It was in summer 2017 that I went for a second time to Kastellorizo island, on an extended zoological expedition, looking for reptiles and fruit bats. Friend Kostas Chousalas was extremely obliging, giving to me the keys of his house, so I had a luxurious time to hang around and search the island. It was at that time that I observed the green turtles in the sea around the island, along with the loggerheads that were loafing around the tavernas. Loggerhead Turtles Caretta caretta are known from a number of places to have been accustomed to accept titbits and live in harbours. It is already known that in the main harbour of Kastellorizo there are some of these loggerheads that are regularly fed from the tavernas.
But while looking for turtles, I had a big surprise: apart from the loggerhead turtles that are quite common in Greece, there were some very rare Green Turtles Chelonia mydas. At the beginning I thought that there were only very few, but as I spotted more and more, I understood that in the small harbour these were the "common" turtles and not the loggerheads (which occupied the main harbour).
A number of features can tell apart the two species, but the easiest when you see them from afar is the small head of the green, the different shape of the head, the beak and the eyes, and the "keratin teeth" when you are near enough to see the mouth.
Unlike the Loggerheads, the Green turtles are herbivores and are not concerned for the titbits from the tavernas. They graze peacefully in the shallow small harbour which is like a lagoon, full of sea grasses (mainly Posidonia oceanica and Cymodocea nodosa). As you can imagine, I spent the next few days watching the turtles and trying to photograph them and to understand where they were going to graze. So I found that apart from the main water body, the animals came to extremely shallow depths to graze, and that was very usual. Big animals and very small ones (the size of a terrapin) were coming up to the shore to graze, when people were not there.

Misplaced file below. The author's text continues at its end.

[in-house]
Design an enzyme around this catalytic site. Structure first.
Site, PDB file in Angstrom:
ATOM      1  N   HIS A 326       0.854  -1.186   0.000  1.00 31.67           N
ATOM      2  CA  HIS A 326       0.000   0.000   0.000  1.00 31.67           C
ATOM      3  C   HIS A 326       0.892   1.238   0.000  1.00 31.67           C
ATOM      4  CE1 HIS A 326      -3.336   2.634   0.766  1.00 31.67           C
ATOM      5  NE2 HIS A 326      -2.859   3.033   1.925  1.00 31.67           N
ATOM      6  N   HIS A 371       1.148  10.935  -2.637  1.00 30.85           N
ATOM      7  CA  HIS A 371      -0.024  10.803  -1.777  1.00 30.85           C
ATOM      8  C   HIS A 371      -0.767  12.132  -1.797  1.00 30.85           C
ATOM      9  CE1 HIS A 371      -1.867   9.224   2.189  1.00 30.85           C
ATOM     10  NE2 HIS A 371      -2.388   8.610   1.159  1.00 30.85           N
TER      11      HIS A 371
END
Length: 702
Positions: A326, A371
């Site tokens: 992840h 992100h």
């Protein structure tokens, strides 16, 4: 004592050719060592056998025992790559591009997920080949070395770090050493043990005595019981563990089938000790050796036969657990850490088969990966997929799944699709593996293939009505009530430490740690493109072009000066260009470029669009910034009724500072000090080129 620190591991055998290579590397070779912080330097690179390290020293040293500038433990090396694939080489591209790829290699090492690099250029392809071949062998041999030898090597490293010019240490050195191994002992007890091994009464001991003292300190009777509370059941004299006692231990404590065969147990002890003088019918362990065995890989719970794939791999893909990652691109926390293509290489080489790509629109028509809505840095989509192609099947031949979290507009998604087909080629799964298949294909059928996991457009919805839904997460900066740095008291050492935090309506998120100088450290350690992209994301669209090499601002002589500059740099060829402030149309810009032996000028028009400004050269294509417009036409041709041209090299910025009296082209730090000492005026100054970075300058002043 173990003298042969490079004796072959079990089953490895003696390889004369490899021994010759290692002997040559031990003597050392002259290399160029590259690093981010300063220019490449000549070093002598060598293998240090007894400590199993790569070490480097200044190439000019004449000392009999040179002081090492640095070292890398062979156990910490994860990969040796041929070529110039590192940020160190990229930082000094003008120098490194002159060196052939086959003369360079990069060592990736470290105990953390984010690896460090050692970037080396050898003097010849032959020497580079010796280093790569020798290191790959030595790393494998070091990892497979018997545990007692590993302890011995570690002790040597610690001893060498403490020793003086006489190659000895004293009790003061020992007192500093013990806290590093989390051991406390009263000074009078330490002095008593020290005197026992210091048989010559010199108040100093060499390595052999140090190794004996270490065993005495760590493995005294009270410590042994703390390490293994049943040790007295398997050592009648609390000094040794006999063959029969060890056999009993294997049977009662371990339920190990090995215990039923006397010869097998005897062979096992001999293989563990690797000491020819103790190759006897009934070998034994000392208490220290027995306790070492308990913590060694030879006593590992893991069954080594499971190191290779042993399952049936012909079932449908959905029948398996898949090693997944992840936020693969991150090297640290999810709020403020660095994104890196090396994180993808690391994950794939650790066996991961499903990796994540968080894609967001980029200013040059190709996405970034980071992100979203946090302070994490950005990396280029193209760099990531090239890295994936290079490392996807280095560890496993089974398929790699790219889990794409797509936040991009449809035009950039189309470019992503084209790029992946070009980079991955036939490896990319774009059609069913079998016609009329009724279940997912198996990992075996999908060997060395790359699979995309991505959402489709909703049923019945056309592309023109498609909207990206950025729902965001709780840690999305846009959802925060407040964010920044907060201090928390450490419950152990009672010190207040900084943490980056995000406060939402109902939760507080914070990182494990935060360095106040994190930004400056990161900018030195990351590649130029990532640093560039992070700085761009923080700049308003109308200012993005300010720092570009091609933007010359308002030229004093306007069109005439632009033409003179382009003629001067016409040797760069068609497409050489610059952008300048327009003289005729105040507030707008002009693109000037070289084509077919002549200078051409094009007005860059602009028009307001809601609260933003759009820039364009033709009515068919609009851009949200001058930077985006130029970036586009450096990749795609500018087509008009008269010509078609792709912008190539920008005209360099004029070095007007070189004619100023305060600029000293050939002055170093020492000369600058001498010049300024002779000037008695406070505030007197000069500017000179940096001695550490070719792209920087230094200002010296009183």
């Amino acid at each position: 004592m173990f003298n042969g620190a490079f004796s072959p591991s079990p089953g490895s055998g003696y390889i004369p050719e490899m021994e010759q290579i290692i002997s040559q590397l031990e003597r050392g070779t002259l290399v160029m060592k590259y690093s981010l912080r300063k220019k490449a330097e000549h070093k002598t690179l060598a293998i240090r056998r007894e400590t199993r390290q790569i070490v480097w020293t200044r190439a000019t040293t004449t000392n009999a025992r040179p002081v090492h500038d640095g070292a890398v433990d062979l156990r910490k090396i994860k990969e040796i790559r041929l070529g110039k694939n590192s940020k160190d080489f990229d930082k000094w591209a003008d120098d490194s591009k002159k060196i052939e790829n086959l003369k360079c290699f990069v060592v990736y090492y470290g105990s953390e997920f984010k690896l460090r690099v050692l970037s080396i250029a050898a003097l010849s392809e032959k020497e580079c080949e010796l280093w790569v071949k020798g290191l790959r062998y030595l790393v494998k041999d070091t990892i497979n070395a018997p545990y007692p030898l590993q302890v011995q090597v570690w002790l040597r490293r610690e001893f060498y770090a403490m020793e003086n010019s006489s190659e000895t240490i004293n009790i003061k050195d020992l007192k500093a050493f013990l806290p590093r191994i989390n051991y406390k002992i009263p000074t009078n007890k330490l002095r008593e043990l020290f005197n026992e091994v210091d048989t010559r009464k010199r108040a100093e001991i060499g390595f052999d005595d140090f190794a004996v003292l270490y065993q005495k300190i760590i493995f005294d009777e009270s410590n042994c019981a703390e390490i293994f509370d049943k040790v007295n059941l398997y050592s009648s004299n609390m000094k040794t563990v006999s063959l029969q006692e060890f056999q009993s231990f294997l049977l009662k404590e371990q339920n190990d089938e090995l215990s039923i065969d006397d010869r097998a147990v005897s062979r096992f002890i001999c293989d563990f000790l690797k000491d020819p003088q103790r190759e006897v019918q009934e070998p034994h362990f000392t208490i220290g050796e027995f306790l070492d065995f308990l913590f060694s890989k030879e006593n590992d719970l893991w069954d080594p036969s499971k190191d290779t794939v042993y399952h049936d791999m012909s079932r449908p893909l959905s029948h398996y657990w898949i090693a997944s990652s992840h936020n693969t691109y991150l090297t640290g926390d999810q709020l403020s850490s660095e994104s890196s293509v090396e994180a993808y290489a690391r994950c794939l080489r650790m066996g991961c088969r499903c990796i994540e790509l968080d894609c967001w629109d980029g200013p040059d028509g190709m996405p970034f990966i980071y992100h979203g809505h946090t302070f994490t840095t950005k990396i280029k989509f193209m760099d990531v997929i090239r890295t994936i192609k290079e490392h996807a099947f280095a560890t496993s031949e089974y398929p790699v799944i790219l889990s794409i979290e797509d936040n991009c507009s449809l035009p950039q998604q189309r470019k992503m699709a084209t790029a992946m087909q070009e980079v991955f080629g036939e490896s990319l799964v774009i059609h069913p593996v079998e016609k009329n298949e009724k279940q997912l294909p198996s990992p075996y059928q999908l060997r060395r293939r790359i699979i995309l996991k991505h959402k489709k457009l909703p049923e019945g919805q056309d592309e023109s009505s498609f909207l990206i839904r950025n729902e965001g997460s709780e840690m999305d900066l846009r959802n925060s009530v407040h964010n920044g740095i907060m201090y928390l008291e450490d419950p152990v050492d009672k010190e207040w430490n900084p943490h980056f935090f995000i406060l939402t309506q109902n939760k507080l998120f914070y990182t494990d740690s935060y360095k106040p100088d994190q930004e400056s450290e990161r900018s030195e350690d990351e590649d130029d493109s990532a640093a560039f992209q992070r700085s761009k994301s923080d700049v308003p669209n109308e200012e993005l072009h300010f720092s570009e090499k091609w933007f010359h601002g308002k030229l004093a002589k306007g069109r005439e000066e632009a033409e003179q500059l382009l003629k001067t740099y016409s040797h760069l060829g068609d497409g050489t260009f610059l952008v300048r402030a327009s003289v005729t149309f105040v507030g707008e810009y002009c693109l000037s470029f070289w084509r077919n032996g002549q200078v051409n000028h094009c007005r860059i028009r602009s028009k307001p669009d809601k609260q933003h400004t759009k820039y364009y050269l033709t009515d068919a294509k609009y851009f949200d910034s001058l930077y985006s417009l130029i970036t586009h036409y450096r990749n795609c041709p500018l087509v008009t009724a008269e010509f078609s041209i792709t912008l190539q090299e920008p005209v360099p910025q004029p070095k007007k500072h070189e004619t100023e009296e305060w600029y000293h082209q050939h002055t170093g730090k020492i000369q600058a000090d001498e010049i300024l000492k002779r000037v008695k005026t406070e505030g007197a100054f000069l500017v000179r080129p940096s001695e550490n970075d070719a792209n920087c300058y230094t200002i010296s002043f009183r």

I swam and snorkelled with the turtles and was mesmerised by them. I decided to buy an underwater camera and return. The third trip was in spring of 2019 but there were no turtles to be found, all fishermen agreeing that the animals came from May on. So at last, in July 2019 I entered the water -the turtle-infested water- and swam again with them. Th experience was pure magic. The way they fly through the water is mesmerising. The fact that they were so beautiful and rare was only adding to it all.
The turtles were seen in water of 10-15 meters deep, feeding on the bottom, or coming to the surface to breathe, or in shallow water, again feeding on the sea grasses. When the animals were in deep water, it was easy to swim over them and then be very near them when they came to the surface to breathe. The turtles didn't seem to care for you at all and it was great to be just beside them.
On the contrary, when they were feeding in shallow 2-5 metres) or very shallow (0,5 -2 metres) water, they were very shy. The shallower the water was, the shier the turtles became.
The video below shows a green turtle cruising near the bottom
The video below shows a green turtle shoving sand with its front flippers to uncover the grasses on which it feeds
The following video shows an animal feeding on the bottom
And the next one shows a juvenile swimming
I spend the next two days in shallow water, sometimes just under a meter deep. When in deep water, the risk of been hit by a speed boat was very real. Many motor boats came dangerously near me. I also found turtles with scars from collisions, and turtle bones (ribs) on the sea floor. Implementing some speed limits and observing the places where boats are forbidden, is mandatory. There is heavy traffic of speed boats and sail ships in the small harbour where the green turtles live.
In very shallow sea, the water was cloudy. One could see only at two meters distance. I would stand in the shallows with the water up to my knees and see a turtle just 5 meters away, but when immersed in the sea I could not see anything.
The solution was to forget about the animals that were grazing in very shallow sea (o,5-2 meters) and head to deeper water (2-5 meters). There the visibility was better and the turtles more relaxed when approached.
The discovery was very important because Green turtles are globally threatened and the Mediterranean population even worse. And of course because this is the first feeding ground to be found in Greece with so many turtles of any age and size congregated in such numbers. This led to a small article in Herpetological Bulletin, published by the British Herpetological Society :